The Woman's Touch The Woman's Touch (order)
Image © 1999 Aeone

The Womans Touch
and other recordings

Review © 2000 Russell W Elliot
All Images © 1999-2000 Aeone
used with permission
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Last updated: 26 March 2000

Aeone (pronouned "ay-own") is an Englishwoman now living in Los Angeles, California. Originally from Emsworth, Hampshire—her family still runs an antique shop in Petworth, Sussex—this self-confessed Renaissance woman calls herself a quintessential artiste/songwriter/composer. After hearing her latest album The Woman's Touch, her self-titled digital audio music CD from and a sampler with examples of other work, we could not agree more. Ethereal solo and multi-tracked vocals are joined with progressive Celtic and contemporary dance rhythms to produce beautiful music certain to attract the broadest of audiences.

Some very early success in the Eurovision Song Contest—winning fourth place in Gothenberg, Sweden performing the 1985 UK entry "Love Is" written with Jimmy Kaleth—sent her packing to the United States and full circle returning to her Celtic roots. She did very well in terms of touring, television shows and live work, yet a difficult lifestyle coupled with the commercial direction of the material drove her to emigrate to the United States.

Initially teamed with writer/producer/engineer Jeff Silverman, she released an 11-track debut album entitled Window to a World (Rincon Recordings (USA) R2 70482, 1991) that pioneered a blend of Celtic sounding music with a pop feel combining fiddle, banjo and mandolin. She has certainly moved on significantly since then. Although her first album has been deleted, "The Face Of Africa" and other tracks from it can be heard at on her self-titled album and heard within her webspace. Second hand copies of Window to a World can occasionally be found online (visit GEMM and search on the album title).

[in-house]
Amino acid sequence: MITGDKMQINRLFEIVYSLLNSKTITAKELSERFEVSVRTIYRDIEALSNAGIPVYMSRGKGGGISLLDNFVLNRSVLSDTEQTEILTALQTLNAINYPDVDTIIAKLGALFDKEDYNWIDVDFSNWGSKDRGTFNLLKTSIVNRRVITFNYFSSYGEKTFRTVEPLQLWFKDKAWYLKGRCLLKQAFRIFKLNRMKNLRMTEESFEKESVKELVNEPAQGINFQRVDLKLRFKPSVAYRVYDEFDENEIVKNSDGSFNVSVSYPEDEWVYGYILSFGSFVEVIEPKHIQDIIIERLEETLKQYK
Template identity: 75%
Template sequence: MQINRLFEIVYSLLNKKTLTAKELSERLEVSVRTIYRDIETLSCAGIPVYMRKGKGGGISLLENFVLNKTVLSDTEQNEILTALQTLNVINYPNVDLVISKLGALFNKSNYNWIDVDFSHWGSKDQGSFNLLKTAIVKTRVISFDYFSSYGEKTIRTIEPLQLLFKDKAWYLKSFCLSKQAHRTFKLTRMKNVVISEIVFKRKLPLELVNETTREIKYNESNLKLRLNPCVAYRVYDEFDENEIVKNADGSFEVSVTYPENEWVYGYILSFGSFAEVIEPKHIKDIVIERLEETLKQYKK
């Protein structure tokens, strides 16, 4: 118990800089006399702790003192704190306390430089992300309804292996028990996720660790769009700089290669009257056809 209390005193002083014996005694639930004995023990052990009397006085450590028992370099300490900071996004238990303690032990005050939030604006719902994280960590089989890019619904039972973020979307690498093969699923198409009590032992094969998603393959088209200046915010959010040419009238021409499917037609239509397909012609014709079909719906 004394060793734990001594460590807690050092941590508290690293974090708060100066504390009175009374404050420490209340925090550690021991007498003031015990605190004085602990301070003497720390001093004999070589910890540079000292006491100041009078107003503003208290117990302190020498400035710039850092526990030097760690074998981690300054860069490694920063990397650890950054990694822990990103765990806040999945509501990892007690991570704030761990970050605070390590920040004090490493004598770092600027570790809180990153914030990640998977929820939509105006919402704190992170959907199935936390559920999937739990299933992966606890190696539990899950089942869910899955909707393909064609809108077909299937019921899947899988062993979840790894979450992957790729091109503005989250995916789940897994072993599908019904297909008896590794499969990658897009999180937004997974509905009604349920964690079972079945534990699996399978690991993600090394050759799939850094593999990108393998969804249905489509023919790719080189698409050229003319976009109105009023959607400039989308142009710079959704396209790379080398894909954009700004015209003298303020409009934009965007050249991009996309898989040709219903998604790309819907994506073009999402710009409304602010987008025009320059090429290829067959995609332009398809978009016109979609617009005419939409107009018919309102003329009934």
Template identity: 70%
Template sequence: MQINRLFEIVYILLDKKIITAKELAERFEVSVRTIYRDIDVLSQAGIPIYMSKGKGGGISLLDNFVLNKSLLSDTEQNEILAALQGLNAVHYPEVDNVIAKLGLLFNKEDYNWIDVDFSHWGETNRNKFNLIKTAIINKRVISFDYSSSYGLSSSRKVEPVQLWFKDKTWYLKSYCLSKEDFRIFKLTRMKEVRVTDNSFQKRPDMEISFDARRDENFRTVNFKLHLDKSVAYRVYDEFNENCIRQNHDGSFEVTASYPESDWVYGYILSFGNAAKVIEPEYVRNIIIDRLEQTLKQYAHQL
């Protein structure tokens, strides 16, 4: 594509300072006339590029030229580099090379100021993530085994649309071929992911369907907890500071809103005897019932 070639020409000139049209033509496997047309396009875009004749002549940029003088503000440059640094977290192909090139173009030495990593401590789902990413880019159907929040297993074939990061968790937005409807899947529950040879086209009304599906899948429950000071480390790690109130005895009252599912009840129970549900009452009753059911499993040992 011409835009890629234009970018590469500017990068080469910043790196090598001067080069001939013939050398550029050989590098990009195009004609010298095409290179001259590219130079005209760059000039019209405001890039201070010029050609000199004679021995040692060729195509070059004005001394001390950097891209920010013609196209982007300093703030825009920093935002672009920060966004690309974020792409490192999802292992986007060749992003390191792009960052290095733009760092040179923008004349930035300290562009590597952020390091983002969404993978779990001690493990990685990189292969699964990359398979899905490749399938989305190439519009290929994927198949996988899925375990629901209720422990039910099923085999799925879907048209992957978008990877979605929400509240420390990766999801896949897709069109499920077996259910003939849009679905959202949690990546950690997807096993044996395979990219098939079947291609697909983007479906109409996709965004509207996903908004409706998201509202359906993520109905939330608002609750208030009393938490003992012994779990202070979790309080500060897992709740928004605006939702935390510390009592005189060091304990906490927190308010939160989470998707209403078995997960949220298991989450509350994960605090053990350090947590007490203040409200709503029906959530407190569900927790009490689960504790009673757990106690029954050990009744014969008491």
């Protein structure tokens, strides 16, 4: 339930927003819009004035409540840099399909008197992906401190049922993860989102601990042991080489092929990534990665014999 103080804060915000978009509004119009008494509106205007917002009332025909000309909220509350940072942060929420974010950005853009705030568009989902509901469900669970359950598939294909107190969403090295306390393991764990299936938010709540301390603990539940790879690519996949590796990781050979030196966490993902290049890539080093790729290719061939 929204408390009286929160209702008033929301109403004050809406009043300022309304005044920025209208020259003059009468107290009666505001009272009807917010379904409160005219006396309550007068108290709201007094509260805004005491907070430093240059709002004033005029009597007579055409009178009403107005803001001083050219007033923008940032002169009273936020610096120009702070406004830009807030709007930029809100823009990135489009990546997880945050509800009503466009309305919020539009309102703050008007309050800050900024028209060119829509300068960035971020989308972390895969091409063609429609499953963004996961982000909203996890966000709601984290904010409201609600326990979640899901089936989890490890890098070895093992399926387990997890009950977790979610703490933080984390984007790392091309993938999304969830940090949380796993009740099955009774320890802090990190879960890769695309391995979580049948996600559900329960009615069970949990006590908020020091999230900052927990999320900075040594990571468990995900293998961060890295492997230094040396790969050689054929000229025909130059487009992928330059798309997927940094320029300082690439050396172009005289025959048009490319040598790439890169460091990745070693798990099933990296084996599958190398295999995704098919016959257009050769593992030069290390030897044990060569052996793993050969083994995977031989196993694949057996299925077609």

Today Aeone is moving in a different, self-created and original direction with seemingly limitless creative talent and musical passion. Aeone told Musical Discoveries that her career is "a very personal odyssey of a woman's journey back to herself on every level." The images within this review also show that the artiste is a very attractive and sensual woman.

Image © 2000 Aeone

Aeone continued to develop musically as her work expanded into film where she did songs for a number of television series, such as Santa Barbara, and provided vocals on soundtracks including the voice of Tanya on the album An American Tail—Feivil and Friends. Her songs have been recorded by Rick Springfield and Shari Belafonte amongst others. More recently she has moved further into scoring and has a unique style using layered vocals to evoke emotion behind the picture. She scored the pilot and trailer for the Team Knight Rider spin-off Spy Girls for Universal/USA and has had music in a number of trailers including more recently the track "Deliverance" (available at for download) for The Messenger, Luc Bresson's highly acclaimed film about Joan of Arc.